'MUI Edicts Are Not Legally Binding,' Says Former Chairman of the Constitutional Court


JANUARY 17, 2017

Jakarta. Mahfud M.D., former chairman of the Constitutional Court, said that edicts issued by the Indonesian Ulema Council, or MUI, are not binding, unless they have been translated into law.

"Certification of halal products is binding, as it was made into law. But if an edict is not enacted, it is not legally binding," Mahfud said in Jakarta on Tuesday (17/01).

He said that if Muslims, for example, consume pork, despite the MUI's ban, they must not be prosecuted for doing so.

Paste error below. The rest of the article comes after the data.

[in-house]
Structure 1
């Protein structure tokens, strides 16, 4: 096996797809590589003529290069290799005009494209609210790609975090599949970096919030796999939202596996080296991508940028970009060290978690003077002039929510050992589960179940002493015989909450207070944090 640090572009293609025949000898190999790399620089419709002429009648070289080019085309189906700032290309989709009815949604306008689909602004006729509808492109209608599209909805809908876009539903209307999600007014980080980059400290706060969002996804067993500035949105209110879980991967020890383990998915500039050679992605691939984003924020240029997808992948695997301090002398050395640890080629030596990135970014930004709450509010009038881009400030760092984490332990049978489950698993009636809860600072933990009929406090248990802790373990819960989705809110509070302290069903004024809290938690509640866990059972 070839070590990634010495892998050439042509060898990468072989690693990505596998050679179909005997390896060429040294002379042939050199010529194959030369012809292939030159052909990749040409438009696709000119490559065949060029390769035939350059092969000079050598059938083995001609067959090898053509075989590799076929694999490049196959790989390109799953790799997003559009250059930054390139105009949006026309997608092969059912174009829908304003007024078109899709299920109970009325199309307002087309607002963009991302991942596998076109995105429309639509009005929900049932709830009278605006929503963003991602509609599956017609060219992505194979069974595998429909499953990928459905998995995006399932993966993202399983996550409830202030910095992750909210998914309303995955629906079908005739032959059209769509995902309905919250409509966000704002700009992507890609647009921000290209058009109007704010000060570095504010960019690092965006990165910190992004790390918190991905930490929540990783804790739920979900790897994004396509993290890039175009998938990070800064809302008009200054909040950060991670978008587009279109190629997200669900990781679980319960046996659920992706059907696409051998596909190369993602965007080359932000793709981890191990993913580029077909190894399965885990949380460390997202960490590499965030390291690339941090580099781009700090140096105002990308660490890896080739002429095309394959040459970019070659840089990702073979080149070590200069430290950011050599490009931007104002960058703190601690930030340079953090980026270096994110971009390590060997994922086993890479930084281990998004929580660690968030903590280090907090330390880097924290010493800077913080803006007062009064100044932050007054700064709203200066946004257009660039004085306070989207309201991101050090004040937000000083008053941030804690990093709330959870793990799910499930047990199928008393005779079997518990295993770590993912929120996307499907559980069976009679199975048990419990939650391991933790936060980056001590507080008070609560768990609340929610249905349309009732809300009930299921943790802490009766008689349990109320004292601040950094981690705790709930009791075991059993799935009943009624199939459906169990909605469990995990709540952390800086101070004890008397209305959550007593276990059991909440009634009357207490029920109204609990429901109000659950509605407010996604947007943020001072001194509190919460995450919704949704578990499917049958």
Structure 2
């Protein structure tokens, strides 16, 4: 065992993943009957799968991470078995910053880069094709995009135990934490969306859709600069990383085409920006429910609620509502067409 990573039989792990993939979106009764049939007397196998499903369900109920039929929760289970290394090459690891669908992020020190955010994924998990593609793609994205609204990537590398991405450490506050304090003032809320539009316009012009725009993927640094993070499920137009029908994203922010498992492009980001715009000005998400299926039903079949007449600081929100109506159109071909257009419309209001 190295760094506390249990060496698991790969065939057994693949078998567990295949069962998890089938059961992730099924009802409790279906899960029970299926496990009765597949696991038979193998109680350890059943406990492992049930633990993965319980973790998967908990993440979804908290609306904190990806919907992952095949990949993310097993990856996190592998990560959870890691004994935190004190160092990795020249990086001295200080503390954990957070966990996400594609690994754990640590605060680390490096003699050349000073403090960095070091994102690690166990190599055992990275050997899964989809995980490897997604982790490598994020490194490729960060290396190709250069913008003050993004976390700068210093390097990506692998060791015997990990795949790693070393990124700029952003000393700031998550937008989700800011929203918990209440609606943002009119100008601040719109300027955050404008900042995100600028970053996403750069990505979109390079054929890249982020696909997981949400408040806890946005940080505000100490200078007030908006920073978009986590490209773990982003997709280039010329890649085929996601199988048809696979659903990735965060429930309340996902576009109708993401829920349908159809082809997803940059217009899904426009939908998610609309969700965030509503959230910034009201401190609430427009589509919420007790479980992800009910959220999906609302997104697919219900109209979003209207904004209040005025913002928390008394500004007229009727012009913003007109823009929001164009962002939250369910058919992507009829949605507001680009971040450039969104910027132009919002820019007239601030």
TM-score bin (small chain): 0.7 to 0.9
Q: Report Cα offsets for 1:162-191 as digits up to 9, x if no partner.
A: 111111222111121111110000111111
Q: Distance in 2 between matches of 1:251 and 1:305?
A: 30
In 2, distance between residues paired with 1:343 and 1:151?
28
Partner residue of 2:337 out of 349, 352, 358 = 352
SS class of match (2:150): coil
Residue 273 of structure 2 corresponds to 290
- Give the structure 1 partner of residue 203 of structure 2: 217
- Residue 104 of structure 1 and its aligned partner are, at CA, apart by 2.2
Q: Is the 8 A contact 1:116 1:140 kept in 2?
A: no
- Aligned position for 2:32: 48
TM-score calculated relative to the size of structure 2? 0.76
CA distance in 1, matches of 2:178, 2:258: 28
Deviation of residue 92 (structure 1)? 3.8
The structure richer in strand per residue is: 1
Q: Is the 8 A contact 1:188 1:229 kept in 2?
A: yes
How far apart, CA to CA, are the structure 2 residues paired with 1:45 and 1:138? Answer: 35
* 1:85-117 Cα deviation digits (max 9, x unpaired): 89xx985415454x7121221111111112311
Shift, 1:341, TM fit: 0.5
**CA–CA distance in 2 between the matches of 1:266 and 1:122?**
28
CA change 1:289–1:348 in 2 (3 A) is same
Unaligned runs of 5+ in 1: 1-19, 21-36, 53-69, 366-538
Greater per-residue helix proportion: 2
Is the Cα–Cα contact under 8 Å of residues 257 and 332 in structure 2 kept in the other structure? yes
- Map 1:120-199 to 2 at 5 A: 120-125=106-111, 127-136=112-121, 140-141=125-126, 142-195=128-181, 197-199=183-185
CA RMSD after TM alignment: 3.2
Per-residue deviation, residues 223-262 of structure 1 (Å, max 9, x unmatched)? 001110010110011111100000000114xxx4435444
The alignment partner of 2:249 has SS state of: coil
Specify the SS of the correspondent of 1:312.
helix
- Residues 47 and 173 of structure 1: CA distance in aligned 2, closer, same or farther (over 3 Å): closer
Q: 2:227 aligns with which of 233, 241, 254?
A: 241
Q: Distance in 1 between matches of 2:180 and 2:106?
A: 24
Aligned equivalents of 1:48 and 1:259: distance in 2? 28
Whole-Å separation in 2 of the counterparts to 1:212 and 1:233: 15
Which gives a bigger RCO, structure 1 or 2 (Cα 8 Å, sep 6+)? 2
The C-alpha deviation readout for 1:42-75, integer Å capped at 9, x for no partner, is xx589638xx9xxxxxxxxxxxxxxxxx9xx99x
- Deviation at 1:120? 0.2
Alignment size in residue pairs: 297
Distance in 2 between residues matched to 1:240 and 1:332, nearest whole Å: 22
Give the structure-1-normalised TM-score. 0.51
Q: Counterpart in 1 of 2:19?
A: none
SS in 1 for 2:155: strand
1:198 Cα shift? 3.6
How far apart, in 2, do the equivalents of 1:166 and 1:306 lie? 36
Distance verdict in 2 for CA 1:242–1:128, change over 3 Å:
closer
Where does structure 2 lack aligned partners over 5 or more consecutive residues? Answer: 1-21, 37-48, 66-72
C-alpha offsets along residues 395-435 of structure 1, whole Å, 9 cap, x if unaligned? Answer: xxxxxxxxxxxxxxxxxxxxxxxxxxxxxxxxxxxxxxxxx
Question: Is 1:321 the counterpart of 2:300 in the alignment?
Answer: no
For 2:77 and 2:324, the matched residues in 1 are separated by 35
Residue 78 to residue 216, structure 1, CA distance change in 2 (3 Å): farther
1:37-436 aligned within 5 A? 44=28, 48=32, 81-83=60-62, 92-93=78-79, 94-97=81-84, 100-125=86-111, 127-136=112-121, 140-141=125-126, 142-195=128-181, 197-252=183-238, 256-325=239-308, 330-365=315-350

"They cannot be punished; it is a sin, but not a criminal offense. Religious edicts are needed, but there is no [legal] obligation to follow them."

Mahfud added that only Islamic states, such as Saudi Arabia, have regulations whereby religious edicts (fatwas) automatically become law.

"There are guidelines, public norms, that should be respected, however, noncompliance with them cannot be penalized. For example, I smoke. It is not polite, but you cannot arrest me [for smoking]," he said.